Flux: Personally, I don’t really enjoy relying on an internet connection to enjoy music… at least as far as streaming in my car is concerned; the connection is almost always dodgy and frustrating. My preferred digital platforms are Bandcamp and Apple Music (Bandcamp more so), and I always buy something outright and download it if I enjoy it enough. So, I ultimately prefer physical media if it’s available. I’m definitely a bit of a vinyl junkie, although less of one these days. I don’t like Spotify at all as I feel it’s a very fast food sort of approach to music consumption with the subscription-based service that’s hurting a lot of artists. The fact that billion dollar tech companies are ruling the music world right now is extremely upsetting to me, but the major platforms all have their major flaws in one way or another, so I pick my battles.

What about the profitability of live shows nowadays? During the pandemic, artists were obviously deprived of this important source of income, but the recovery seems to be equally difficult. We are seeing many artists forced to cancel tours due to unsustainable costs.

Flux: The profitability of live shows is very tenuous these days. If you’re already an established artist with a sizable fan base, you might have it a bit easier with touring and doing one-off special engagements. But there are still plenty of obstacles in the ways of even the biggest acts, not the least of which being that everything costs so much more right now, especially in Europe. Even Skinny Puppy and KMFDM have had recent issues with planned tours in the region. I’m not entirely sure why, but for some reason, it’s a bit easier to tour the U.S. right now. It seems the biggest factor is the cost of ground transportation. But we do have some friends who have been enjoying a bit of success touring stateside. Granted, they are mostly one-to-two-man operations, and they have the benefit of working with booking agents or managers. D.I.Y. tours are pretty much dead in the water right now. It costs way too much to put everything together yourself, not to mention the stress of making sure everything is in place night after night while still delivering a quality performance.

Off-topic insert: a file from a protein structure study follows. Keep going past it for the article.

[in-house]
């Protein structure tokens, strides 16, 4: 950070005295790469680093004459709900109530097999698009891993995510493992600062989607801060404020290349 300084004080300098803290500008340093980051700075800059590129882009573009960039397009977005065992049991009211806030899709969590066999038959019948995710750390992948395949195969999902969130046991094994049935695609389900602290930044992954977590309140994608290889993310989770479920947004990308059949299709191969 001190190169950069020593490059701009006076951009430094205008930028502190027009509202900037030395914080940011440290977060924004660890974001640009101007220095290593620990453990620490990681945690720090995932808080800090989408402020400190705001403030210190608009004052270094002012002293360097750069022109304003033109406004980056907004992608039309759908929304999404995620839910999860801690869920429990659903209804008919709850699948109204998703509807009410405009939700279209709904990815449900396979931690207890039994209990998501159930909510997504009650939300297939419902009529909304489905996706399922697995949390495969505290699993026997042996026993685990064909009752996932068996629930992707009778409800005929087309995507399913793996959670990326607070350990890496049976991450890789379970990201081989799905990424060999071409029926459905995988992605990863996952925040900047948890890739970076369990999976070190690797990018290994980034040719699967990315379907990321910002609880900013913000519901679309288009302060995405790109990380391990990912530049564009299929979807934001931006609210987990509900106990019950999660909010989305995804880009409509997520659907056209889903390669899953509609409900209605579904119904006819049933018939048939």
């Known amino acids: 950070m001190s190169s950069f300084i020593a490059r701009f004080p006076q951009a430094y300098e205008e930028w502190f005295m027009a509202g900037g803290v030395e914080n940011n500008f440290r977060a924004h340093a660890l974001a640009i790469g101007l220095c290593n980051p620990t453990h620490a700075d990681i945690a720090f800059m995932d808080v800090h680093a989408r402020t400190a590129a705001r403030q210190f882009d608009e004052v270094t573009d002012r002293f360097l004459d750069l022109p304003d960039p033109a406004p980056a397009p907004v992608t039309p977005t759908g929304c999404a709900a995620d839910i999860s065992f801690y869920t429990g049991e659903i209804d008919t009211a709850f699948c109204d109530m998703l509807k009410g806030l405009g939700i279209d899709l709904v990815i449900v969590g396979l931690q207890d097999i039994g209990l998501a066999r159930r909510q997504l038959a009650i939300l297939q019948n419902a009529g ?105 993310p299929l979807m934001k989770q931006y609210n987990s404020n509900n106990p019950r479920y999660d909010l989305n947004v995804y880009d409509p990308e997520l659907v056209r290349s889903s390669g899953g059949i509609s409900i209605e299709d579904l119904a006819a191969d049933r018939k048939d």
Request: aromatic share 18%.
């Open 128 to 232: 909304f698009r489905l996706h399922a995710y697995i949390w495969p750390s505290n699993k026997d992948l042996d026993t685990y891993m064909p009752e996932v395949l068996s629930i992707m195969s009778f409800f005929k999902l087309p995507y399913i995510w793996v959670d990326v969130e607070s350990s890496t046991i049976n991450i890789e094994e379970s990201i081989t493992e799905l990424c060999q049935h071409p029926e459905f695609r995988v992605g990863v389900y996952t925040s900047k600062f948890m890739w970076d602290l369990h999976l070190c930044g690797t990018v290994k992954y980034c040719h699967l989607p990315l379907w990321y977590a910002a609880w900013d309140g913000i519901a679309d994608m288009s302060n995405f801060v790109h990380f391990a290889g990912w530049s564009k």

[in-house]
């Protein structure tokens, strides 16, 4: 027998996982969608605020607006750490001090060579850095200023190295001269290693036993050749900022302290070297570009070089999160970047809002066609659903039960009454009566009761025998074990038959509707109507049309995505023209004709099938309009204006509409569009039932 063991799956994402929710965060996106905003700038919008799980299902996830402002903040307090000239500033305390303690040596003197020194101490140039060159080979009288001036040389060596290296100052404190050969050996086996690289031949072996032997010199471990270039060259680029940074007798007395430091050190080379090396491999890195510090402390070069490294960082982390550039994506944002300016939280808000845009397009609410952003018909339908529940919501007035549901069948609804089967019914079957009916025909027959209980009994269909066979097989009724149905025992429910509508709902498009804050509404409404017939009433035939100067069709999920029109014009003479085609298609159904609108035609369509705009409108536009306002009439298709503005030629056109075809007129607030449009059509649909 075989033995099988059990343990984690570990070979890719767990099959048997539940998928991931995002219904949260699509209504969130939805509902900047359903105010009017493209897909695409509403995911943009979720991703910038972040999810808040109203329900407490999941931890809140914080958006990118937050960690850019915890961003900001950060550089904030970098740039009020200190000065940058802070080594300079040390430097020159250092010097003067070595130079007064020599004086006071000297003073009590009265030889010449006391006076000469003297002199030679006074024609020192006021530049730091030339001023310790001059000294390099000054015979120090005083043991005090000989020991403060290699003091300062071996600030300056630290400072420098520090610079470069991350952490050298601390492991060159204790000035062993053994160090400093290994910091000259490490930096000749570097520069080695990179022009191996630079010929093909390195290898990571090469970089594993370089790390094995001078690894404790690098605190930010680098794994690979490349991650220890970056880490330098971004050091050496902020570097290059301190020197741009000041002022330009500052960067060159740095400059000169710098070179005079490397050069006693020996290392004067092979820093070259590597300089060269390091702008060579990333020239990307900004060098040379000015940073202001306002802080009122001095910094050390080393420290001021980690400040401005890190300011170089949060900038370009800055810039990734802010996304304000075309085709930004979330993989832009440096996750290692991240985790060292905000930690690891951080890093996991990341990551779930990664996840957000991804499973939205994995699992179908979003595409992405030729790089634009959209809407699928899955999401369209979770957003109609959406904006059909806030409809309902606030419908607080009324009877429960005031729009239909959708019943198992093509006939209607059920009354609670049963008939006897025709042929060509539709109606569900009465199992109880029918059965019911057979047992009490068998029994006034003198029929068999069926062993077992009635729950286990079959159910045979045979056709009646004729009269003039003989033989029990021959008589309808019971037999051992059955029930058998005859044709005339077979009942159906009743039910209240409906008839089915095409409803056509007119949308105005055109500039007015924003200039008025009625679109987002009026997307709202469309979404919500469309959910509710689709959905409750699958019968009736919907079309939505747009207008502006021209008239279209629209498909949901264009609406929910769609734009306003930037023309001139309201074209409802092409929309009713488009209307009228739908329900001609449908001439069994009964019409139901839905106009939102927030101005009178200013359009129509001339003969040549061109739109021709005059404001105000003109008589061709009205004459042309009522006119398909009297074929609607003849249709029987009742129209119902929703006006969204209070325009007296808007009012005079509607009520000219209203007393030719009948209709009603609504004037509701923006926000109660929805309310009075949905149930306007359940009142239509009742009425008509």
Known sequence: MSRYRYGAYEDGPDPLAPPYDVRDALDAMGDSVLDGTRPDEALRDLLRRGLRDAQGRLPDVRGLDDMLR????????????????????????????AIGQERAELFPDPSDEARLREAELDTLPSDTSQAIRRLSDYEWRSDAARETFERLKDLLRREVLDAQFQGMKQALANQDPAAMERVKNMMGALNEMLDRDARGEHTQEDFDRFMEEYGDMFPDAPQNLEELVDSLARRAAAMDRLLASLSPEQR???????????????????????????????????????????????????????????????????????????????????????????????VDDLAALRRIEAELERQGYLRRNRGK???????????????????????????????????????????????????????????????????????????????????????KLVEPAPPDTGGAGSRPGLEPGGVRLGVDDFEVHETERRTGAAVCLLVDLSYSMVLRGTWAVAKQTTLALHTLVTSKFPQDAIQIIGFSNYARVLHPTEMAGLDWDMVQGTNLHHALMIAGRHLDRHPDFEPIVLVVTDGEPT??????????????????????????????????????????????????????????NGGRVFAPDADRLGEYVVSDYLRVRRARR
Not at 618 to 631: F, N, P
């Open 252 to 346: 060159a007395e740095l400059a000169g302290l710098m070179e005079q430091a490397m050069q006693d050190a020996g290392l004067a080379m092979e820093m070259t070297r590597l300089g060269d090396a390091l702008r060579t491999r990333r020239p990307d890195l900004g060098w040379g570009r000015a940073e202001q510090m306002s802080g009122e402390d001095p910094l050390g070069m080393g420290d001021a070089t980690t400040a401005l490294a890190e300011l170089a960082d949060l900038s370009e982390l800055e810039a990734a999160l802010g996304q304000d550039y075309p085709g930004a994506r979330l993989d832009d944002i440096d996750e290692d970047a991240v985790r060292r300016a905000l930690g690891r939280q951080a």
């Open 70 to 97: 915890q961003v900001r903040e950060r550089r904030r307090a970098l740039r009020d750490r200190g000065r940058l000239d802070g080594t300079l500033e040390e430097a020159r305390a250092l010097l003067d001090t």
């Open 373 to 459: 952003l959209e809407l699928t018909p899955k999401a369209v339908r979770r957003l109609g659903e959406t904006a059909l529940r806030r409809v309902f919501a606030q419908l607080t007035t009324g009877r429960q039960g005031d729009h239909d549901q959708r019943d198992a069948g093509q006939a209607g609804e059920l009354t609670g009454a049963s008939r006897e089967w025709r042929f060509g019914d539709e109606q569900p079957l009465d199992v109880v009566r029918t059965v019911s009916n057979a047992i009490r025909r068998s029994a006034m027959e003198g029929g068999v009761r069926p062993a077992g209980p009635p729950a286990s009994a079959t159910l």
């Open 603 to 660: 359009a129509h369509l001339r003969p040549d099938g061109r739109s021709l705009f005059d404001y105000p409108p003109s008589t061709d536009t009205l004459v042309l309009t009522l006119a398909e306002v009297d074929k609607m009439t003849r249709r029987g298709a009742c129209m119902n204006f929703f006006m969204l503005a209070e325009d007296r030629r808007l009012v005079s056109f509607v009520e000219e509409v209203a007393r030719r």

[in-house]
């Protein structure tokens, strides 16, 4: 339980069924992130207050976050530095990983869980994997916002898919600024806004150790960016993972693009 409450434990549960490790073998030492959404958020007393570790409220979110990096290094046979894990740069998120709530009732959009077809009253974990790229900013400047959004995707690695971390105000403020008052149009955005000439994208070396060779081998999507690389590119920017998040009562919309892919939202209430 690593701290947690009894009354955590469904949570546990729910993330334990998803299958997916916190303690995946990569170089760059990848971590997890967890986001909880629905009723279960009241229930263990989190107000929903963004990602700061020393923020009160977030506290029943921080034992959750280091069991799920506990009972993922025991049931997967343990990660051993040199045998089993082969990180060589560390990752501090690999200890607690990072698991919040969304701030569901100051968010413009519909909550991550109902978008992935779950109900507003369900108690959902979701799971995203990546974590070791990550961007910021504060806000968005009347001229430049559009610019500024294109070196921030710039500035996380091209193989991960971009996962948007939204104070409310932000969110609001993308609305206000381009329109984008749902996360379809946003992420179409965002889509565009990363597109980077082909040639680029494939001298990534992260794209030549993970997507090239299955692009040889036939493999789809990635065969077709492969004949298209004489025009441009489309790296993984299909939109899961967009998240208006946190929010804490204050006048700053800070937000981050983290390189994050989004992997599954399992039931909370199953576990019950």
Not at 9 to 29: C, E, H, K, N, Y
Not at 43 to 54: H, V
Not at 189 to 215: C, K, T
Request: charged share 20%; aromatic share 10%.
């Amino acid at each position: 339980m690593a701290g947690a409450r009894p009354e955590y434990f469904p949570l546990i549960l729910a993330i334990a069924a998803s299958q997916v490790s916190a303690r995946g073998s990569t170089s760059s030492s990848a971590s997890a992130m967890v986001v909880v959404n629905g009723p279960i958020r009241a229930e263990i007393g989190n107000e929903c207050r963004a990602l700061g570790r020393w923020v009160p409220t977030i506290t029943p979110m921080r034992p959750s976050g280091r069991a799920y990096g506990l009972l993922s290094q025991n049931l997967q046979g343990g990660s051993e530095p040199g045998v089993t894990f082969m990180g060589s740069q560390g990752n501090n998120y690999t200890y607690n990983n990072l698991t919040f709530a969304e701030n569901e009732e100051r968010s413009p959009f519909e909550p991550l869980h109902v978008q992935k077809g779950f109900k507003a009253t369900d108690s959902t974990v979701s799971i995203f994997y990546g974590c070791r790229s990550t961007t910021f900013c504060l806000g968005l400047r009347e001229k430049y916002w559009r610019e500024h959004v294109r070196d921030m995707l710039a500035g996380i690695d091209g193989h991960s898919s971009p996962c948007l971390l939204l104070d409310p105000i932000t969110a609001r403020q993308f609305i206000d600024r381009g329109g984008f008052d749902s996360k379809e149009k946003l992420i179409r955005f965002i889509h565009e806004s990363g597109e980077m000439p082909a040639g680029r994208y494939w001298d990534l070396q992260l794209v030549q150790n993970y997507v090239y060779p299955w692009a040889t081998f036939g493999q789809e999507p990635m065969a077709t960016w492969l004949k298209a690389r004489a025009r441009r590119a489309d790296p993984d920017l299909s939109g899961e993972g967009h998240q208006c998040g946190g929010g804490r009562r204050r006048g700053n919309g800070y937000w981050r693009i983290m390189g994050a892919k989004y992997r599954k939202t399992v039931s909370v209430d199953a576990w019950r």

I can confirm that many artists are forced to cancel their tours in Europe. This is an unprecedented situation as far as I know, and it doesn’t seem to get any better. You mentioned the difficulties and stress that many artists have to deal with. In a study conducted among independent artists and published in 2019 before the pandemic, which considerably worsened the situation, the results showed that 73% of the respondents experienced mental health issues, ranging from anxiety to depression, stemming from their music careers. Is this something you have experienced or witnessed on your journey?